All our relations relies on the meeting and making of ideas together. Then and only then a constructive consequence can follow.
Carolyn McDowall, The Culture Concept Circle 2012
There will be an expanded education and public program attached to the 2012 exhibition which is entitled ‘all our relations’.
Highlights include specially designed Art Lounges and Learning Zones on Cockatoo Island and Pier 2/3, as well as a range of artists’ talks, guided tours, special programs for kids and families and after-dark events. Teachers and schools will be catered for through dedicated publications and guided tours, comprehensive online resources, as well as special educator programs.
For the duration of the 18th Biennale of Sydney, Art Lounges on Cockatoo Island and at Pier 2/3 will provide visitors with a place to sit and connect with the ideas behind the exhibition. Furnished with comfortable seating and flat screen televisions allowing visitors to access videos of artist interviews and other resources, the Art Lounges will provide visitors with information about artists, artworks and other Biennale programs.
Learning Zones on Cockatoo Island will provide students with space to explore the concepts and themes behind the exhibition, with access to online resources, interactive touch screens and engaging hands-on facilities.
Artist Talks and Guided Tours
In 2012, the Biennale continues its successful program of daily Guided Tours and weekly Mystery Tours of Cockatoo Island hosted by a number of celebrity tour guides. For the first time, the Biennale will offer school students special Education Guided Tours on weekday mornings with trained Art Activators.
Programs for Families and Kids
Parents, families and kids will also have a range of great opportunities to engage with the 18th Biennale of Sydney.
Three Biennale Family Sundays will be held on Cockatoo Island, unpacking the art and ideas behind the exhibition for children and families. Each fun-filled event will include hands-on art making activities, family-friendly tours, artist performances and storytelling.
Biennale Family Sundays
Will run from 10.30 am–4 pm on the following days: Make Your Mark on 15 July; Have Your Say on 12 August; and Make a Connection on 2 September – a special Father’s Day edition. Biennale Family Sundays are presented in association with The Sunday Telegraph.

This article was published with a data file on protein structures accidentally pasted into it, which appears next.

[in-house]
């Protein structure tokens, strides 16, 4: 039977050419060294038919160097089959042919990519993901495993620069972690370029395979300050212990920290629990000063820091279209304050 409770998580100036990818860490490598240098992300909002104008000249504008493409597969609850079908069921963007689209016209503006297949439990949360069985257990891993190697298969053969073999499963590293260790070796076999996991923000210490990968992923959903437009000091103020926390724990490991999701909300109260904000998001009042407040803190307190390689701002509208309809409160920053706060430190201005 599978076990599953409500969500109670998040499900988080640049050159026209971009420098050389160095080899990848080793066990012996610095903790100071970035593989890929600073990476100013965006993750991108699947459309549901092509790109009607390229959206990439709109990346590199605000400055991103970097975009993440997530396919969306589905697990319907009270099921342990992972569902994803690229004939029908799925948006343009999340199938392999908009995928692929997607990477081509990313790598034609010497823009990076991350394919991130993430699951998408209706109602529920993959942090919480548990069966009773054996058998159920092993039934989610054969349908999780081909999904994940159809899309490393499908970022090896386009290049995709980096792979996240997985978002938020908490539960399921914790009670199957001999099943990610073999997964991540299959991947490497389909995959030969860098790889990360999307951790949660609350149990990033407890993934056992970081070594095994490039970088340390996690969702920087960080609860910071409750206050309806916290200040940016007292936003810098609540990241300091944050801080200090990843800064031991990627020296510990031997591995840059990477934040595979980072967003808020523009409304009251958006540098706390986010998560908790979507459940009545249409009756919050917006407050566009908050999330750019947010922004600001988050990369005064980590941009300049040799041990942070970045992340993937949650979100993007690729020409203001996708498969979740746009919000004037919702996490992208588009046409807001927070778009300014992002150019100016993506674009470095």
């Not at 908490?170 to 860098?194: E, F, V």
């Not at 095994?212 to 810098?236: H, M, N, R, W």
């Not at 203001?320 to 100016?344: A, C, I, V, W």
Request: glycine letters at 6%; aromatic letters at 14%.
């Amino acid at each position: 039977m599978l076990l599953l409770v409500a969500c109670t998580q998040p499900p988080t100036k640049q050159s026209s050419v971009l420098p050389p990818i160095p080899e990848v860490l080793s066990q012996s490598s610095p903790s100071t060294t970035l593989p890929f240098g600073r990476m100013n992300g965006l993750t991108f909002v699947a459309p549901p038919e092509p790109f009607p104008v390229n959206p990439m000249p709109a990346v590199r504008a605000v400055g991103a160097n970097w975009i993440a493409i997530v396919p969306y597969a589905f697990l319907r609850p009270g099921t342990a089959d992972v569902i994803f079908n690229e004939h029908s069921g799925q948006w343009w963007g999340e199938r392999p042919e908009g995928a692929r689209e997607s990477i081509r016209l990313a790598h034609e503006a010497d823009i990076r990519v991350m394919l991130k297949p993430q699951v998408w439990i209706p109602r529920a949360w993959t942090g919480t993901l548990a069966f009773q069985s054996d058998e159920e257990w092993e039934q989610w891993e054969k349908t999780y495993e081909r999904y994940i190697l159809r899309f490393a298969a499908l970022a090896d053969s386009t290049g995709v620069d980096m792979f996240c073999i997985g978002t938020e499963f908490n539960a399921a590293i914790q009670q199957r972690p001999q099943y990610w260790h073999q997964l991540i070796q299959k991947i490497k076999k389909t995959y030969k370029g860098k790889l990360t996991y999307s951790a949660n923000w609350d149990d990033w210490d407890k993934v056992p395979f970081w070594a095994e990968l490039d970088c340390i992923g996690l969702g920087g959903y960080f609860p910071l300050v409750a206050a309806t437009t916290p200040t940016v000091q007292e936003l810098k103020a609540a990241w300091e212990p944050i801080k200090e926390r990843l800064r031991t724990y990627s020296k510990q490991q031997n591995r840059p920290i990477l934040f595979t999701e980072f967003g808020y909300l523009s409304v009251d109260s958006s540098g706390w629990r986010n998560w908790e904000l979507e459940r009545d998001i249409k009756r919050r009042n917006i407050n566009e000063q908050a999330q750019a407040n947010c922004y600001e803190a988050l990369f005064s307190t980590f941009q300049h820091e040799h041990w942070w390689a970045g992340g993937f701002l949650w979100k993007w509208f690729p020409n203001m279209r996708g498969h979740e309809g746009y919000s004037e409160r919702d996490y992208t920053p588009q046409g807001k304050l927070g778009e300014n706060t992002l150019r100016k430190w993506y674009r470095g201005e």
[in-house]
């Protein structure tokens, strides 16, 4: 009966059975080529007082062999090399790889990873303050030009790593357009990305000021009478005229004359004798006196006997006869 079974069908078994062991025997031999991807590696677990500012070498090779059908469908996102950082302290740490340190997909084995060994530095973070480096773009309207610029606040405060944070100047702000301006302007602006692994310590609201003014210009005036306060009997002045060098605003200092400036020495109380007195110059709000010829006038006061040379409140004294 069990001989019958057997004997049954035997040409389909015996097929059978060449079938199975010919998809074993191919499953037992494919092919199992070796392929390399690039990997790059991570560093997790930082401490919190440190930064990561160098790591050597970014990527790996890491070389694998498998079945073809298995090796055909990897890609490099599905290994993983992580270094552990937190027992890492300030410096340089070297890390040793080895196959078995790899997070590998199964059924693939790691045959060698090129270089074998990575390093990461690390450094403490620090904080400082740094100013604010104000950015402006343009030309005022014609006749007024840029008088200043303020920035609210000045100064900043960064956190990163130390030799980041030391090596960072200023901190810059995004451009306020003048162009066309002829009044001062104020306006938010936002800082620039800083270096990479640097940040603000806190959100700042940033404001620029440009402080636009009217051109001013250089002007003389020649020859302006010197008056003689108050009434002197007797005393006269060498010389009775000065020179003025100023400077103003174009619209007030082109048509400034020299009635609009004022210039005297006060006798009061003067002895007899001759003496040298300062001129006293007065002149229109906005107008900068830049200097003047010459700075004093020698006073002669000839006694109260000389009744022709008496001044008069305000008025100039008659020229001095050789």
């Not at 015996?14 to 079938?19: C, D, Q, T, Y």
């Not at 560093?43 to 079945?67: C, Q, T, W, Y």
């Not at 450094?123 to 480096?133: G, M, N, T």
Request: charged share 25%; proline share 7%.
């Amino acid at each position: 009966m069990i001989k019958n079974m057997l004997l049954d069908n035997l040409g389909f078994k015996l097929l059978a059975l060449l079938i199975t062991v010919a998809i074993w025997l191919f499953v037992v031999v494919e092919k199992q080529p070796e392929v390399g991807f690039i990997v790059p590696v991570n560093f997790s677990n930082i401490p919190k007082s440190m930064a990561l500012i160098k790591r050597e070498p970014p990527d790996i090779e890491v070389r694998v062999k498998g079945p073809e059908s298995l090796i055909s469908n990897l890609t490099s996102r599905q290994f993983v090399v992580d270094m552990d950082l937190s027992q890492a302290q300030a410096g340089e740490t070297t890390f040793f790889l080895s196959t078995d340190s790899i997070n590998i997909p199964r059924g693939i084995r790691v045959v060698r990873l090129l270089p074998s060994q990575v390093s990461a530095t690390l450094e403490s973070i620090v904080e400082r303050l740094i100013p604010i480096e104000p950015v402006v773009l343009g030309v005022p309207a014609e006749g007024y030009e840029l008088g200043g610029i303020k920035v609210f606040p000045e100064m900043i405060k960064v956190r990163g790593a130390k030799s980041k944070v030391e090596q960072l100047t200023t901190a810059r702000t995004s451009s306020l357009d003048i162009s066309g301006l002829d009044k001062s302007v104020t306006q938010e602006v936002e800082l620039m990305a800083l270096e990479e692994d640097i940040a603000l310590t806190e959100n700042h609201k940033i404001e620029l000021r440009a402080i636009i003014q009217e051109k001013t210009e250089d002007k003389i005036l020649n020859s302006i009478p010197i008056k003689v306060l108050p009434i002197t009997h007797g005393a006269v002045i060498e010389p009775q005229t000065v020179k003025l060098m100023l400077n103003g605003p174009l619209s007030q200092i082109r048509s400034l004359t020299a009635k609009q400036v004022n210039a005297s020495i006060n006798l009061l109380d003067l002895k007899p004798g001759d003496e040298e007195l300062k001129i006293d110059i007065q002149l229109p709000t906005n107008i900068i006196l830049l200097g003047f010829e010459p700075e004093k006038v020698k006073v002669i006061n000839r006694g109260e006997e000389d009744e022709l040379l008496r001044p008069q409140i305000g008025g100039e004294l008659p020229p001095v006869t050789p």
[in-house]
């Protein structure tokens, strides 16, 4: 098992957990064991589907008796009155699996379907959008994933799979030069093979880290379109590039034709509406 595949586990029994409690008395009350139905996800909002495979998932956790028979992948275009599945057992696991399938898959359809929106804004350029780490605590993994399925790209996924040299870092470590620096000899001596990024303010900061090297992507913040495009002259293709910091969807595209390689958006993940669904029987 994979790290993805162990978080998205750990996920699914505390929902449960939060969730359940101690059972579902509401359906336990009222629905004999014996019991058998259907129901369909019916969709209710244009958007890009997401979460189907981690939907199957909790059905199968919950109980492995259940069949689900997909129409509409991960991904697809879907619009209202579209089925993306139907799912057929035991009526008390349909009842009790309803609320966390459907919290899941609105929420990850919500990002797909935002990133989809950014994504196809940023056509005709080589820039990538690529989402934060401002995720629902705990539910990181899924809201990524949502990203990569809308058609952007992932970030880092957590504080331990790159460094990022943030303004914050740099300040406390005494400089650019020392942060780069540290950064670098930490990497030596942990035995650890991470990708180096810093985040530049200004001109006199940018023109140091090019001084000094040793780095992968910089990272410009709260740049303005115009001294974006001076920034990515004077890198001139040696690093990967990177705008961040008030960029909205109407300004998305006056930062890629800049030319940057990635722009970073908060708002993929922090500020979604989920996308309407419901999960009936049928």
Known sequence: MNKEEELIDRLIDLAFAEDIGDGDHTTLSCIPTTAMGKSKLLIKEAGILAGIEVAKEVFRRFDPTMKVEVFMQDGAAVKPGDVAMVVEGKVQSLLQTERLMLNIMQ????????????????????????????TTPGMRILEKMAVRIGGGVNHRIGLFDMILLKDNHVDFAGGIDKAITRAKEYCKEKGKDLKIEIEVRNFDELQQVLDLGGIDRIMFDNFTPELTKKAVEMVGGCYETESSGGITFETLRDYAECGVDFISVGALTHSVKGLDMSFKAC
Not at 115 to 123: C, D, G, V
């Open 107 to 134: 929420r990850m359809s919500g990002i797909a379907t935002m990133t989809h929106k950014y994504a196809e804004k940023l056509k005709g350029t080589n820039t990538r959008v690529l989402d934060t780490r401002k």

For younger audiences, Baby Biennale is a hands-on workshop for parents and children three years and under. Baby Biennale gives parents with very young children the opportunity to share a different kind of experience: discovering art together. They will be able to touch objects, find out how the artwork was made and share in a hands-on art making activity.
Baby Biennale runs each Wednesday morning on Cockatoo Island from 18 July – 12 September, from 10.30 am–12 pm.
During the Biennale ‘School’s Out’ Holiday Program on Cockatoo Island, kids will be able to discover the artworks and history of the Island through fun, creative activities. Monday, 9 July – Friday, 14 July from 10.30 am–3 pm.
After Dark Events
This year the Biennale presents Biennale Bar @ Pier 2/3 on Friday nights throughout August, opening up Pier 2/3 for an unexpected evening of art. These special pop-up events invite audiences to experience the exhibition after dark with program support from FBi Radio, The Thousands and the Sydney Symphony Vanguard program. These free social events run from 6.30–9.30 pm every Friday throughout August (3, 10, 17, 24 and 31 August) at Pier 2/3, Walsh Bay. The Biennale Bar @ Pier 2/3 is presented in association with Asahi Super Dry.
Outreach and Access Programs
In 2012, the Biennale will again provide Priority Schools Funding Program Travel Subsidies to financially assist priority, regional and remote schools to plan excursions to the exhibition and experience an Art Activator-led tour of Cockatoo Island.
The successful Access Program – with Auslan and Audio Describer tours for visitors with hearing or vision impairment – will also return in 2012. The Lord Mayor Community Access Days, supported by the City of Sydney, will take place at Cockatoo Island on Saturday, 21 July; the Museum of Contemporary Art Australia on Saturday, 4 August; and the Art Gallery of New South Wales on Saturday, 8 September.